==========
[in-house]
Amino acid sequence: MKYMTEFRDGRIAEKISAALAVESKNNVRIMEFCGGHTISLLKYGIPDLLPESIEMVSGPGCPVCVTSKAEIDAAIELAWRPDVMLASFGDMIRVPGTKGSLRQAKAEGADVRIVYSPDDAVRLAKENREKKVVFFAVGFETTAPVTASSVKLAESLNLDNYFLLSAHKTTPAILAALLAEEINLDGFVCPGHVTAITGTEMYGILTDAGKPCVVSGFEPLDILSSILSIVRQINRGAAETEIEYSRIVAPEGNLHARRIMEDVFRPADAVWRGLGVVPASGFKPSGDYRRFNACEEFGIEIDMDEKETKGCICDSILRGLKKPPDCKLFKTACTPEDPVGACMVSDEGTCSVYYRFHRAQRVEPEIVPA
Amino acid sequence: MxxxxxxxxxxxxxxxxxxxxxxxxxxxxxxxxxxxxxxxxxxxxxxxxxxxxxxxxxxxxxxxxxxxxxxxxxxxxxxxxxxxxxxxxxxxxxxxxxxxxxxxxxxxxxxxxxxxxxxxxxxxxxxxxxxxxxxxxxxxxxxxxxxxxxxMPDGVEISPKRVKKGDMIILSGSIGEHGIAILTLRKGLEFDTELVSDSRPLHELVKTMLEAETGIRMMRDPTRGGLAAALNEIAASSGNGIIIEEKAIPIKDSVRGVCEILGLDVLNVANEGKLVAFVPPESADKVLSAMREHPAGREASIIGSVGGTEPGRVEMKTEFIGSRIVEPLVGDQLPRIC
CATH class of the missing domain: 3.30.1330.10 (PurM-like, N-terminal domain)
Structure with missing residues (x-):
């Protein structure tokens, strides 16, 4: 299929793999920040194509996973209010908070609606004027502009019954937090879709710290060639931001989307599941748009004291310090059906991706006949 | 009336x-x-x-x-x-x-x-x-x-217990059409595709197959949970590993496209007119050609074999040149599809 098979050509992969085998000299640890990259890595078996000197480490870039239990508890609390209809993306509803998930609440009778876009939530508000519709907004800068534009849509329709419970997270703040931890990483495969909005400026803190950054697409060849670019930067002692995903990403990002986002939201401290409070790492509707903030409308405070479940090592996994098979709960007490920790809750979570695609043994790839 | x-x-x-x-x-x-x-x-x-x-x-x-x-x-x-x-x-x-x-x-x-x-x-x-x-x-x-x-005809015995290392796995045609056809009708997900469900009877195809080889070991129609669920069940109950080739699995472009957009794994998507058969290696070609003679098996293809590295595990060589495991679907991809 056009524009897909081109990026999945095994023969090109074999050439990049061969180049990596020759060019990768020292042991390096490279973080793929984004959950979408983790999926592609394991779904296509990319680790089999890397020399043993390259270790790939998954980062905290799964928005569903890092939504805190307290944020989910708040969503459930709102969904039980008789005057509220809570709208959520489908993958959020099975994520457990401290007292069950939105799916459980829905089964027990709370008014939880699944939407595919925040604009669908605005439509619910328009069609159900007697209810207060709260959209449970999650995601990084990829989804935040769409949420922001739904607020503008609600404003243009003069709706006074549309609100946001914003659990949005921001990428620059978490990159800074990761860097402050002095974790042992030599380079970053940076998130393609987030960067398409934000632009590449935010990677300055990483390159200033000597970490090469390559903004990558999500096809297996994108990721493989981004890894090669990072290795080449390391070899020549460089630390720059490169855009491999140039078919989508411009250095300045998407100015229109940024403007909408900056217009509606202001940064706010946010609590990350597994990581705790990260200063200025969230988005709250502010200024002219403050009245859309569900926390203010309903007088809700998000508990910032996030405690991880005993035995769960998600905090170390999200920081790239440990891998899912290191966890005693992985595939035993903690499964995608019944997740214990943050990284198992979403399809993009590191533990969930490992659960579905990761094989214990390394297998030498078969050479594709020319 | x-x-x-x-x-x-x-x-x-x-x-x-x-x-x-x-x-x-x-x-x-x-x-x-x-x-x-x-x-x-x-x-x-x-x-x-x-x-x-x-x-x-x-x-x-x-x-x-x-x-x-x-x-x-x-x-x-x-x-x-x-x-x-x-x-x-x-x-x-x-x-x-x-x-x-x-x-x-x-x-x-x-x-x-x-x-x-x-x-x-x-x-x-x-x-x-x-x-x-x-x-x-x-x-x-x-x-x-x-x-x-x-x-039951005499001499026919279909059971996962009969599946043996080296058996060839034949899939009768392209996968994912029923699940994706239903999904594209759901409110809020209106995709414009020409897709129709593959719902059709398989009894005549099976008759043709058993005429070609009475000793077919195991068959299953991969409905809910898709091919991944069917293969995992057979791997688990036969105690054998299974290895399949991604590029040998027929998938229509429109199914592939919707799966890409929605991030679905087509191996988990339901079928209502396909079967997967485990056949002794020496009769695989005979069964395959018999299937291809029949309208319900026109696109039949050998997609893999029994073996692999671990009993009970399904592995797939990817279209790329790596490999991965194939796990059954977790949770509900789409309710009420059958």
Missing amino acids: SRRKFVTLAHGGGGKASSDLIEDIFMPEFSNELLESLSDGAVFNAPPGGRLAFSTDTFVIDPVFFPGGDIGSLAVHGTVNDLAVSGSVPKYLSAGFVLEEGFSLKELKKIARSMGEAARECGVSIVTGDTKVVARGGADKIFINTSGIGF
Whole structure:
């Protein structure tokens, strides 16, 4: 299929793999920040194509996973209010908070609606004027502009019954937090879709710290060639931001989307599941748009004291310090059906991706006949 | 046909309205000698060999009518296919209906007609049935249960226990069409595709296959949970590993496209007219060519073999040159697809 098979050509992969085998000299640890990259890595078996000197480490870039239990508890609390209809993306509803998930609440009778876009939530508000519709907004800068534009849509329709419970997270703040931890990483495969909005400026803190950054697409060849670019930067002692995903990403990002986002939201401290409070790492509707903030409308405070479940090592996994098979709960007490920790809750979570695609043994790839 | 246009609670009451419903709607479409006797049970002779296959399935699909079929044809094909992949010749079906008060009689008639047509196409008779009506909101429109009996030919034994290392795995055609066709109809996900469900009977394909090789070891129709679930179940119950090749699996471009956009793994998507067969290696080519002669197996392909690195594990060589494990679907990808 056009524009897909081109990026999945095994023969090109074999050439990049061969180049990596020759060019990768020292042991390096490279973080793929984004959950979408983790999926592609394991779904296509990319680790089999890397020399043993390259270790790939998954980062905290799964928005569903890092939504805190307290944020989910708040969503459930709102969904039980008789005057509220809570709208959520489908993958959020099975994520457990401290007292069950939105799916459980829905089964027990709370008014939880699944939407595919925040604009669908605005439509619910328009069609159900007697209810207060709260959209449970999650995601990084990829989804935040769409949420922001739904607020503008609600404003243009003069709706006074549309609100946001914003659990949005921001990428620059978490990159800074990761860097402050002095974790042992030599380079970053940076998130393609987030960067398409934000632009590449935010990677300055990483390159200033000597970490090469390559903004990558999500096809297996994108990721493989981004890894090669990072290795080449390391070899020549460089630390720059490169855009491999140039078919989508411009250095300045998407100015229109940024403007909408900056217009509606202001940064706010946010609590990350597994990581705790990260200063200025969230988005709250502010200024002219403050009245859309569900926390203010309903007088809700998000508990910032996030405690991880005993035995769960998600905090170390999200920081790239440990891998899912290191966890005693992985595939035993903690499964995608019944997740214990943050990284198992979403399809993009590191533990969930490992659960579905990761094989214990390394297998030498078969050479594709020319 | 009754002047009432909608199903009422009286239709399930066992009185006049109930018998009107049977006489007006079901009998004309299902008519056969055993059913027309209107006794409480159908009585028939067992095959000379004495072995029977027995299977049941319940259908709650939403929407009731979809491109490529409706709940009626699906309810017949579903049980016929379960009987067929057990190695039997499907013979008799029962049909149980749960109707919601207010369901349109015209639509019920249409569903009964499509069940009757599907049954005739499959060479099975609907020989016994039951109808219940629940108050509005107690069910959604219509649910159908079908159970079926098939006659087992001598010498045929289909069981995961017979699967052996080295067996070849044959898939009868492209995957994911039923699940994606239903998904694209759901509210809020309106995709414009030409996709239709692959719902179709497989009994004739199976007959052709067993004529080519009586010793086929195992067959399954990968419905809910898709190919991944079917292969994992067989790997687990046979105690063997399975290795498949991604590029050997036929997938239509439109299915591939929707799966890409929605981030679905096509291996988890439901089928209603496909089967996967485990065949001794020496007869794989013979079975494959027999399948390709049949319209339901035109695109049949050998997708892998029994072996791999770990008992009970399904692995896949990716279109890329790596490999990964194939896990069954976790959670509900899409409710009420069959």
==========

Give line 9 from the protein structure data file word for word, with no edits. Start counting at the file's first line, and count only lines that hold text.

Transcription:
């Protein structure tokens, strides 16, 4: 299929793999920040194509996973209010908070609606004027502009019954937090879709710290060639931001989307599941748009004291310090059906991706006949 | 046909309205000698060999009518296919209906007609049935249960226990069409595709296959949970590993496209007219060519073999040159697809 098979050509992969085998000299640890990259890595078996000197480490870039239990508890609390209809993306509803998930609440009778876009939530508000519709907004800068534009849509329709419970997270703040931890990483495969909005400026803190950054697409060849670019930067002692995903990403990002986002939201401290409070790492509707903030409308405070479940090592996994098979709960007490920790809750979570695609043994790839 | 246009609670009451419903709607479409006797049970002779296959399935699909079929044809094909992949010749079906008060009689008639047509196409008779009506909101429109009996030919034994290392795995055609066709109809996900469900009977394909090789070891129709679930179940119950090749699996471009956009793994998507067969290696080519002669197996392909690195594990060589494990679907990808 056009524009897909081109990026999945095994023969090109074999050439990049061969180049990596020759060019990768020292042991390096490279973080793929984004959950979408983790999926592609394991779904296509990319680790089999890397020399043993390259270790790939998954980062905290799964928005569903890092939504805190307290944020989910708040969503459930709102969904039980008789005057509220809570709208959520489908993958959020099975994520457990401290007292069950939105799916459980829905089964027990709370008014939880699944939407595919925040604009669908605005439509619910328009069609159900007697209810207060709260959209449970999650995601990084990829989804935040769409949420922001739904607020503008609600404003243009003069709706006074549309609100946001914003659990949005921001990428620059978490990159800074990761860097402050002095974790042992030599380079970053940076998130393609987030960067398409934000632009590449935010990677300055990483390159200033000597970490090469390559903004990558999500096809297996994108990721493989981004890894090669990072290795080449390391070899020549460089630390720059490169855009491999140039078919989508411009250095300045998407100015229109940024403007909408900056217009509606202001940064706010946010609590990350597994990581705790990260200063200025969230988005709250502010200024002219403050009245859309569900926390203010309903007088809700998000508990910032996030405690991880005993035995769960998600905090170390999200920081790239440990891998899912290191966890005693992985595939035993903690499964995608019944997740214990943050990284198992979403399809993009590191533990969930490992659960579905990761094989214990390394297998030498078969050479594709020319 | 009754002047009432909608199903009422009286239709399930066992009185006049109930018998009107049977006489007006079901009998004309299902008519056969055993059913027309209107006794409480159908009585028939067992095959000379004495072995029977027995299977049941319940259908709650939403929407009731979809491109490529409706709940009626699906309810017949579903049980016929379960009987067929057990190695039997499907013979008799029962049909149980749960109707919601207010369901349109015209639509019920249409569903009964499509069940009757599907049954005739499959060479099975609907020989016994039951109808219940629940108050509005107690069910959604219509649910159908079908159970079926098939006659087992001598010498045929289909069981995961017979699967052996080295067996070849044959898939009868492209995957994911039923699940994606239903998904694209759901509210809020309106995709414009030409996709239709692959719902179709497989009994004739199976007959052709067993004529080519009586010793086929195992067959399954990968419905809910898709190919991944079917292969994992067989790997687990046979105690063997399975290795498949991604590029050997036929997938239509439109299915591939929707799966890409929605981030679905096509291996988890439901089928209603496909089967996967485990065949001794020496007869794989013979079975494959027999399948390709049949319209339901035109695109049949050998997708892998029994072996791999770990008992009970399904692995896949990716279109890329790596490999990964194939896990069954976790959670509900899409409710009420069959």